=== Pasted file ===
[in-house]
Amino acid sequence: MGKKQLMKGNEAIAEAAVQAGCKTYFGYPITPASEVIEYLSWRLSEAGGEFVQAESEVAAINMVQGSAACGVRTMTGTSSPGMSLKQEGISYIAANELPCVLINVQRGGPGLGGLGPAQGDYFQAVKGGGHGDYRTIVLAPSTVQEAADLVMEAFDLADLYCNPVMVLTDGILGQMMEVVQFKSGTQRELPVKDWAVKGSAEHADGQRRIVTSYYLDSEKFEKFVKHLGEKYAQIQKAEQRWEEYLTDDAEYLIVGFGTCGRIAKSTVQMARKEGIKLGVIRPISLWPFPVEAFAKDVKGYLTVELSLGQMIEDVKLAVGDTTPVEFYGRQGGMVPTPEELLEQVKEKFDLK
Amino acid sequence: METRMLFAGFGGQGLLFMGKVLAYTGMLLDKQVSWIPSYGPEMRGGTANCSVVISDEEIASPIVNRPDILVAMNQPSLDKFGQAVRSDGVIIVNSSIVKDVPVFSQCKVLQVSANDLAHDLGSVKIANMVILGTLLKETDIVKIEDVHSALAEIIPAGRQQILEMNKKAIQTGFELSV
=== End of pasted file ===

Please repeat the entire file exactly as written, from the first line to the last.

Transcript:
[in-house]
Amino acid sequence: MGKKQLMKGNEAIAEAAVQAGCKTYFGYPITPASEVIEYLSWRLSEAGGEFVQAESEVAAINMVQGSAACGVRTMTGTSSPGMSLKQEGISYIAANELPCVLINVQRGGPGLGGLGPAQGDYFQAVKGGGHGDYRTIVLAPSTVQEAADLVMEAFDLADLYCNPVMVLTDGILGQMMEVVQFKSGTQRELPVKDWAVKGSAEHADGQRRIVTSYYLDSEKFEKFVKHLGEKYAQIQKAEQRWEEYLTDDAEYLIVGFGTCGRIAKSTVQMARKEGIKLGVIRPISLWPFPVEAFAKDVKGYLTVELSLGQMIEDVKLAVGDTTPVEFYGRQGGMVPTPEELLEQVKEKFDLK
Amino acid sequence: METRMLFAGFGGQGLLFMGKVLAYTGMLLDKQVSWIPSYGPEMRGGTANCSVVISDEEIASPIVNRPDILVAMNQPSLDKFGQAVRSDGVIIVNSSIVKDVPVFSQCKVLQVSANDLAHDLGSVKIANMVILGTLLKETDIVKIEDVHSALAEIIPAGRQQILEMNKKAIQTGFELSV